Sounds rather useful, and Intel's pouring hundreds of millions of dollars into the project, so don't think of Ultrabooks as a flash in the pan. On the contrary, Intel already has a three-year roadmap. This year, the first Ultrabooks will arrive armed with ultra-low-voltage variants of Intel's second-generation Core processor family, codenamed "Sandy Bridge." In 2012, Intel will make the transition to its next processor architecture - dubbed "Ivy Bridge" - and add new built-in security features as well as Thunderbolt, which is a high-speed data-transfer system. Then, in 2013, "Haswell" processors will claim to "entirely reinvent the notebook" by cutting power consumption in half.
The Ultrabook idea has a lot going for it, and today's underlying Sandy Bridge architecture is second to none, but the success of the form factor will ultimately be determined not by Intel's chip advancement, but by the products created by the company's partners.
Enter the ASUS Zenbook
The first batch of 2011 Ultrabooks include models from Acer, HP, Lenovo, Samsung and Toshiba, but the one that has caught our eye is the ASUS Zenbook.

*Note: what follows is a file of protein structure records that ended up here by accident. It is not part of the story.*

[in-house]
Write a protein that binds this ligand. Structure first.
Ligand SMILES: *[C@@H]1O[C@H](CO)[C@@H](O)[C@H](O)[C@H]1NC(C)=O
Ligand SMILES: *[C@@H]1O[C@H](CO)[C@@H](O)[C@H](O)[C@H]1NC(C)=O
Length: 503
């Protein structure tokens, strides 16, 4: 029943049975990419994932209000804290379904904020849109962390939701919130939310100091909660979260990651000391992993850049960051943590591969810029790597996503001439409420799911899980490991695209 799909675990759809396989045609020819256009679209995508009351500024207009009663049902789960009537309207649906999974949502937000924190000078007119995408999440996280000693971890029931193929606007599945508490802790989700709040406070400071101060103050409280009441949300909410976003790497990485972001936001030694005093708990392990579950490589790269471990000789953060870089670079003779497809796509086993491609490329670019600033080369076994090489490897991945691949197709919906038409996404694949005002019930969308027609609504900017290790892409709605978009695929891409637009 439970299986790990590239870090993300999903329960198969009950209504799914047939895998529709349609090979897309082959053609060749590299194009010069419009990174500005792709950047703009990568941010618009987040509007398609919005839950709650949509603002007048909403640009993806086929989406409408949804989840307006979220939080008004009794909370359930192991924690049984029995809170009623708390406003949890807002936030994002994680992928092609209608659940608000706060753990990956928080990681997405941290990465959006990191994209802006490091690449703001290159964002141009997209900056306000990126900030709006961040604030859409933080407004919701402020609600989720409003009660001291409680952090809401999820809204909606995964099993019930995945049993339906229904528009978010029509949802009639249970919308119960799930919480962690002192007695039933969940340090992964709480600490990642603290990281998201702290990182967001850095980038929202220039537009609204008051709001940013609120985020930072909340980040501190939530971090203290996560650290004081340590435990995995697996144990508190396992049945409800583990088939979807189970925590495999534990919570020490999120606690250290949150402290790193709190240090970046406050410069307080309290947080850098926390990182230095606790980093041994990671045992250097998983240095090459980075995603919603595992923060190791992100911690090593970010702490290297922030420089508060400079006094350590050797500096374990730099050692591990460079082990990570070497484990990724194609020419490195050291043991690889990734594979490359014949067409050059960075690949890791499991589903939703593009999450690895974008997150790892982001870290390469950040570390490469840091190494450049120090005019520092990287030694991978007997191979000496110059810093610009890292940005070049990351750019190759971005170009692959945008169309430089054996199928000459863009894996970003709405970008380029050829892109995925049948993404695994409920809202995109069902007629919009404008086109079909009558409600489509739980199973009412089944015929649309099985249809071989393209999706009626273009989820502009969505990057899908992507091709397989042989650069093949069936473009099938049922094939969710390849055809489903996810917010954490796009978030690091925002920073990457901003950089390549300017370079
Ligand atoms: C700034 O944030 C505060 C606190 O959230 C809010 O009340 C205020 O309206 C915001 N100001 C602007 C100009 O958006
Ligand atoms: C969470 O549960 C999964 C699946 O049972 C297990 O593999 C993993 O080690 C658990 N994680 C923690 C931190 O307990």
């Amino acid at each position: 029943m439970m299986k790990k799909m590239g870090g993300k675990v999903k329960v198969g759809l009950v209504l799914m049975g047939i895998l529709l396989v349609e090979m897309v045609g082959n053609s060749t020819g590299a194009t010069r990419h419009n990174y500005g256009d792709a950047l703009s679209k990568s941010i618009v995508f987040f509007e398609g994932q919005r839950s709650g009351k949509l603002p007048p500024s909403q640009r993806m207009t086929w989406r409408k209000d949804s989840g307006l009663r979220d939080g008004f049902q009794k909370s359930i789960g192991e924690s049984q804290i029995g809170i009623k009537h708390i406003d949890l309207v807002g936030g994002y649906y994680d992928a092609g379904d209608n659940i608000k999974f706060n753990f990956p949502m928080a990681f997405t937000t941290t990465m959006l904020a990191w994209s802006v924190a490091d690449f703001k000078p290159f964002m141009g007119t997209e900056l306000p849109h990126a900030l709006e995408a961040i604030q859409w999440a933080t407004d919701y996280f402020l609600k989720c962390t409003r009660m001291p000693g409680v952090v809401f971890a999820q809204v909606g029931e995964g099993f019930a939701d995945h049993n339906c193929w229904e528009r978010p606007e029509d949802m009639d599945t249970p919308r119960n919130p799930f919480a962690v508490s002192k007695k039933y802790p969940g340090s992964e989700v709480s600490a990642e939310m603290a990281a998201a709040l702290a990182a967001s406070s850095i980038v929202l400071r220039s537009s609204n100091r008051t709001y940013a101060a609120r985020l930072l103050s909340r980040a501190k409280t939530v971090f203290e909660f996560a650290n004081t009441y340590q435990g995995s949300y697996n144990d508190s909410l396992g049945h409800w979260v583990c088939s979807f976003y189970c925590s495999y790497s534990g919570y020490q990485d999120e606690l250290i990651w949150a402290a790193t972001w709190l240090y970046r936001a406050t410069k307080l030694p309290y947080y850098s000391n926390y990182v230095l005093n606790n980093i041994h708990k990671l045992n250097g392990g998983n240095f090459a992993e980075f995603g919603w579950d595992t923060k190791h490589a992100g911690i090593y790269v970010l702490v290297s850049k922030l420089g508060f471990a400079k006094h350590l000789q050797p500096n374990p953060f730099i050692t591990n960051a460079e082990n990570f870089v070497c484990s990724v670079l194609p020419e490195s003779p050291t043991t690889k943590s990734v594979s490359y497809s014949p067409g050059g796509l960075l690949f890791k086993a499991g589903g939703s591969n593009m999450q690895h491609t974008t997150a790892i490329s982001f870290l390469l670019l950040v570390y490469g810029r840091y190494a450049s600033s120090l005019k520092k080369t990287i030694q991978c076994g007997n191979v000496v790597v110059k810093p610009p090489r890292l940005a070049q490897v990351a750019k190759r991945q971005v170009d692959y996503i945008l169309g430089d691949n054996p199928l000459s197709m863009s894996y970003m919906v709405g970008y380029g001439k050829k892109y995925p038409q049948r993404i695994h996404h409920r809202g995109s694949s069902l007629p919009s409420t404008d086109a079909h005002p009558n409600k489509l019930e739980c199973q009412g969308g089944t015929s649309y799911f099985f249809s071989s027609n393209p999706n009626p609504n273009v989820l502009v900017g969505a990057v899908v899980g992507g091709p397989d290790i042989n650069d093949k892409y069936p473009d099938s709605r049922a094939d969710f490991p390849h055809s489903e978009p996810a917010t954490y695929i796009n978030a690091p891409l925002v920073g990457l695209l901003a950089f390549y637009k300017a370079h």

Designed to appear impossibly thin and luxuriously crafted, the Zenbook is arguably the most attractive PC we've ever seen, and our photos really don't do it justice. You need to see the Zenbook in person to appreciate just how beautiful it is.
But hang on, isn't it merely a MacBook Air in a different colour? Well, there's no ignoring the fact that the two bear a striking resemblance - they both taper down to a razer-thin 0.3mm at the front edge and both make use of a metal chassis - but there's no harm in that. The MacBook Air is a beautiful design, and, in a way, ASUS has managed to add an extra bit of flair.
While the MacBook appears more subtle, the Zenbook's darker aluminium lid offers more pizzazz through a series of hairline-spun concentric circles that shimmer in the light and attract attention. It has plenty of wow factor and universal appeal - even the lady of the house couldn't resist purring at the design, and she doesn't know who or what an ASUS is.